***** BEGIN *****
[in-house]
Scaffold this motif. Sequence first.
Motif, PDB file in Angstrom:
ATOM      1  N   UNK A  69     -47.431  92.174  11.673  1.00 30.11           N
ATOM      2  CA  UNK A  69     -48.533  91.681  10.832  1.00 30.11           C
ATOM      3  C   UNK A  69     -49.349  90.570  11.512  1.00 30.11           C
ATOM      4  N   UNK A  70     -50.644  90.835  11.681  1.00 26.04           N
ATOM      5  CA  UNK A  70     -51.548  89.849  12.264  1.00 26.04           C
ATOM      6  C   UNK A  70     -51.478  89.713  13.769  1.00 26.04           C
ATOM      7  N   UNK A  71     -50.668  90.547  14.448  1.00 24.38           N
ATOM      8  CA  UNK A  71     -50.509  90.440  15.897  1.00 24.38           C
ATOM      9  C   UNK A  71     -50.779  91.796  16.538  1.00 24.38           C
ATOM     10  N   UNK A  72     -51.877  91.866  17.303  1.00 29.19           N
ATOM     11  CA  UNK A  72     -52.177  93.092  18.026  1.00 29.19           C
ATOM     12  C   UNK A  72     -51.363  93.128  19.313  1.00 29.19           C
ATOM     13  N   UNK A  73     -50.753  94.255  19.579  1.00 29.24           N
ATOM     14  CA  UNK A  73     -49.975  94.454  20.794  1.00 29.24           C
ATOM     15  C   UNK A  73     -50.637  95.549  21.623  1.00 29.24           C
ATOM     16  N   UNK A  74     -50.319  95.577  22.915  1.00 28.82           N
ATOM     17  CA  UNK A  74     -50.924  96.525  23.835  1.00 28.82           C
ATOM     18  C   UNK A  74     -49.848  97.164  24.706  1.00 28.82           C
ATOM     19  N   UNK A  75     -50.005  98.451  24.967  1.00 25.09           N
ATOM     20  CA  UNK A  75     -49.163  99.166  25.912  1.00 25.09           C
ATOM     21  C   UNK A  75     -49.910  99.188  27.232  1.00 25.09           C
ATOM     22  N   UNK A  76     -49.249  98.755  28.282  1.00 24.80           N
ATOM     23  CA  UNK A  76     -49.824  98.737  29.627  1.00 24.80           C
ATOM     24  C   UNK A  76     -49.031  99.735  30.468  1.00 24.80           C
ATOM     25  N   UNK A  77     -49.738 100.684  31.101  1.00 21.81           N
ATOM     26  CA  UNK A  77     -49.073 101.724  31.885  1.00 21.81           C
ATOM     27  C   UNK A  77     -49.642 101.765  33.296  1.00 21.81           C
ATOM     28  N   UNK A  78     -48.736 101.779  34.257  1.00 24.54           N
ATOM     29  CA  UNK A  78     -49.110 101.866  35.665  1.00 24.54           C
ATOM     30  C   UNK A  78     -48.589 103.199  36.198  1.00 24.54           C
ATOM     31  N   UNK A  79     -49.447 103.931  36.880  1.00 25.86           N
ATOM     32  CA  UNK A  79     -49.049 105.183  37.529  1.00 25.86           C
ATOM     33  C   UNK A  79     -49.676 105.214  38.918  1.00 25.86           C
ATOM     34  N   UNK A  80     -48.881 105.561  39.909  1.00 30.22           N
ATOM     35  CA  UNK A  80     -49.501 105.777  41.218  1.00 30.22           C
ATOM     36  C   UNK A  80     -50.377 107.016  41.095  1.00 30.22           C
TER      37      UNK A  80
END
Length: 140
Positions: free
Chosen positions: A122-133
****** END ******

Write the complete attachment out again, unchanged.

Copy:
[in-house]
Scaffold this motif. Sequence first.
Motif, PDB file in Angstrom:
ATOM      1  N   UNK A  69     -47.431  92.174  11.673  1.00 30.11           N
ATOM      2  CA  UNK A  69     -48.533  91.681  10.832  1.00 30.11           C
ATOM      3  C   UNK A  69     -49.349  90.570  11.512  1.00 30.11           C
ATOM      4  N   UNK A  70     -50.644  90.835  11.681  1.00 26.04           N
ATOM      5  CA  UNK A  70     -51.548  89.849  12.264  1.00 26.04           C
ATOM      6  C   UNK A  70     -51.478  89.713  13.769  1.00 26.04           C
ATOM      7  N   UNK A  71     -50.668  90.547  14.448  1.00 24.38           N
ATOM      8  CA  UNK A  71     -50.509  90.440  15.897  1.00 24.38           C
ATOM      9  C   UNK A  71     -50.779  91.796  16.538  1.00 24.38           C
ATOM     10  N   UNK A  72     -51.877  91.866  17.303  1.00 29.19           N
ATOM     11  CA  UNK A  72     -52.177  93.092  18.026  1.00 29.19           C
ATOM     12  C   UNK A  72     -51.363  93.128  19.313  1.00 29.19           C
ATOM     13  N   UNK A  73     -50.753  94.255  19.579  1.00 29.24           N
ATOM     14  CA  UNK A  73     -49.975  94.454  20.794  1.00 29.24           C
ATOM     15  C   UNK A  73     -50.637  95.549  21.623  1.00 29.24           C
ATOM     16  N   UNK A  74     -50.319  95.577  22.915  1.00 28.82           N
ATOM     17  CA  UNK A  74     -50.924  96.525  23.835  1.00 28.82           C
ATOM     18  C   UNK A  74     -49.848  97.164  24.706  1.00 28.82           C
ATOM     19  N   UNK A  75     -50.005  98.451  24.967  1.00 25.09           N
ATOM     20  CA  UNK A  75     -49.163  99.166  25.912  1.00 25.09           C
ATOM     21  C   UNK A  75     -49.910  99.188  27.232  1.00 25.09           C
ATOM     22  N   UNK A  76     -49.249  98.755  28.282  1.00 24.80           N
ATOM     23  CA  UNK A  76     -49.824  98.737  29.627  1.00 24.80           C
ATOM     24  C   UNK A  76     -49.031  99.735  30.468  1.00 24.80           C
ATOM     25  N   UNK A  77     -49.738 100.684  31.101  1.00 21.81           N
ATOM     26  CA  UNK A  77     -49.073 101.724  31.885  1.00 21.81           C
ATOM     27  C   UNK A  77     -49.642 101.765  33.296  1.00 21.81           C
ATOM     28  N   UNK A  78     -48.736 101.779  34.257  1.00 24.54           N
ATOM     29  CA  UNK A  78     -49.110 101.866  35.665  1.00 24.54           C
ATOM     30  C   UNK A  78     -48.589 103.199  36.198  1.00 24.54           C
ATOM     31  N   UNK A  79     -49.447 103.931  36.880  1.00 25.86           N
ATOM     32  CA  UNK A  79     -49.049 105.183  37.529  1.00 25.86           C
ATOM     33  C   UNK A  79     -49.676 105.214  38.918  1.00 25.86           C
ATOM     34  N   UNK A  80     -48.881 105.561  39.909  1.00 30.22           N
ATOM     35  CA  UNK A  80     -49.501 105.777  41.218  1.00 30.22           C
ATOM     36  C   UNK A  80     -50.377 107.016  41.095  1.00 30.22           C
TER      37      UNK A  80
END
Length: 140
Positions: free
Chosen positions: A122-133